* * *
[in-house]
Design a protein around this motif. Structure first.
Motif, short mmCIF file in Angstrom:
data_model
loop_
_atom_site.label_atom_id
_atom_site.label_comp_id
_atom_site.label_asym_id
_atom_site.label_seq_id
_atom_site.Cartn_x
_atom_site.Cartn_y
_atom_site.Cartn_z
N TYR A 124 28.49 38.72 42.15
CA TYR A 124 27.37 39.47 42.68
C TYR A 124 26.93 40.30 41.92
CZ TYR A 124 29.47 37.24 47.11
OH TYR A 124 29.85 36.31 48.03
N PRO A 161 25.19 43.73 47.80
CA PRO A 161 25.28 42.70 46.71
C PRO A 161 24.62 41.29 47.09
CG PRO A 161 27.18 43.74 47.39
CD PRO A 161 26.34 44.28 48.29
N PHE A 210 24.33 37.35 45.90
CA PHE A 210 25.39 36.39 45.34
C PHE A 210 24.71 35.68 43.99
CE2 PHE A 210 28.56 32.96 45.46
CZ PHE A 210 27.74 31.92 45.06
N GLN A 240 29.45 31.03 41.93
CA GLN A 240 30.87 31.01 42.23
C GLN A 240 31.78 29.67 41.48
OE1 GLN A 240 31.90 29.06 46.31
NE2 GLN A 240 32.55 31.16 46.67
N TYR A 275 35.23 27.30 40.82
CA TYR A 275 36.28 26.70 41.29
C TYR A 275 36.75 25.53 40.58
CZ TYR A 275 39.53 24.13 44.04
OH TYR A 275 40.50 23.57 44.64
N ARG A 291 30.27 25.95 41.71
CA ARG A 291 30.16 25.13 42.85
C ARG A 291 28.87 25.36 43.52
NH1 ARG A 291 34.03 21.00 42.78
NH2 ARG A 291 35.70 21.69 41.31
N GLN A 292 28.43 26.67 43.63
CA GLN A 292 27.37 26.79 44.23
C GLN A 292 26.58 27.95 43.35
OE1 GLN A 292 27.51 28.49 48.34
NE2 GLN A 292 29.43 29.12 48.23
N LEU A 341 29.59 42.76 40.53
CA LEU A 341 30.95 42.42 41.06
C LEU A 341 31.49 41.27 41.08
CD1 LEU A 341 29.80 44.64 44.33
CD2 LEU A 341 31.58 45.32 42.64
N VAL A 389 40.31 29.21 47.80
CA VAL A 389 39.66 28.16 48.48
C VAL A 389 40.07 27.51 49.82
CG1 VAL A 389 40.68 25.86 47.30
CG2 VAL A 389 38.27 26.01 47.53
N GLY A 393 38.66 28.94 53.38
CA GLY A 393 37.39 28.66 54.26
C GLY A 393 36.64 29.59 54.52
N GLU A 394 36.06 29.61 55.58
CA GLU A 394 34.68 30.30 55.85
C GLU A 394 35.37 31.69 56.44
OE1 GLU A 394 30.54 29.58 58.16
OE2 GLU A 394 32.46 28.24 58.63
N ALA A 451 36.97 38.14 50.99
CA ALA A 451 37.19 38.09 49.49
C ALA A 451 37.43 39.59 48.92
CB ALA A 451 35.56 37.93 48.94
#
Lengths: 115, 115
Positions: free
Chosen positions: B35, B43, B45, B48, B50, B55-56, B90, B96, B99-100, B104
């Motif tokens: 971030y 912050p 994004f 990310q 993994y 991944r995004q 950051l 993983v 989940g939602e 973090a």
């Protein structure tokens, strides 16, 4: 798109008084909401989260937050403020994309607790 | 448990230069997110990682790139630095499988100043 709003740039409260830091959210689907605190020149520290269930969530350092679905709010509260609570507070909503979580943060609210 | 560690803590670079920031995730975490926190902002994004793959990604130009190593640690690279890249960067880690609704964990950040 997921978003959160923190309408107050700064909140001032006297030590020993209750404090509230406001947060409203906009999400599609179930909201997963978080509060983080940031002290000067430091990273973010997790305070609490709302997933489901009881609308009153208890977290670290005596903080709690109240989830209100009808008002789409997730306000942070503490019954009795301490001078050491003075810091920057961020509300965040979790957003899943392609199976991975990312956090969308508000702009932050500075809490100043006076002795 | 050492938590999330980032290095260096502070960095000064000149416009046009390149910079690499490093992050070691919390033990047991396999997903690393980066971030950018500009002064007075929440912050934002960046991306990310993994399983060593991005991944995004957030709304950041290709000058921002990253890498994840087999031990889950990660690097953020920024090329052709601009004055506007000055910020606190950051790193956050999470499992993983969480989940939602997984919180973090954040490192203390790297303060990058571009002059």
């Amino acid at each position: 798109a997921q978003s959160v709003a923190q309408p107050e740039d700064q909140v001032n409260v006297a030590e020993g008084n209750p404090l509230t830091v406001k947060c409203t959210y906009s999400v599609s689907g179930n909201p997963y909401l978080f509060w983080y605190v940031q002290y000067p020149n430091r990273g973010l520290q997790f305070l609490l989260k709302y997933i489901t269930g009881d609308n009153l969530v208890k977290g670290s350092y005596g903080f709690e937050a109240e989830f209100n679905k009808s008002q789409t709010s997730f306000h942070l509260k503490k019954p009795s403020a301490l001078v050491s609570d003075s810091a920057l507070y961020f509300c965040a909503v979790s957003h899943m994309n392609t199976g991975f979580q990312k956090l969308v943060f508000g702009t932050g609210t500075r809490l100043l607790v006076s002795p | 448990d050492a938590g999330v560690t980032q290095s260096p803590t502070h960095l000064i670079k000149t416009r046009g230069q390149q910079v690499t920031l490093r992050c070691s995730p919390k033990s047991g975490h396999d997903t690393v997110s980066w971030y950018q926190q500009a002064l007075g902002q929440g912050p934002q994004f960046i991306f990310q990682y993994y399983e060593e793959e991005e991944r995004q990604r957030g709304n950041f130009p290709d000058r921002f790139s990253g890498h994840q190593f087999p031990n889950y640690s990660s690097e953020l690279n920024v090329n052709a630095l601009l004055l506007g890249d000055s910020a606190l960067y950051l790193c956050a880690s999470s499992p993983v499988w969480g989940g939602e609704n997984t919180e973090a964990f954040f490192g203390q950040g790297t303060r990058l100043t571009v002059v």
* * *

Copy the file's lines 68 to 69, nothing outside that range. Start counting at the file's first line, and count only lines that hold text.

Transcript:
C ALA A 451 37.43 39.59 48.92
CB ALA A 451 35.56 37.93 48.94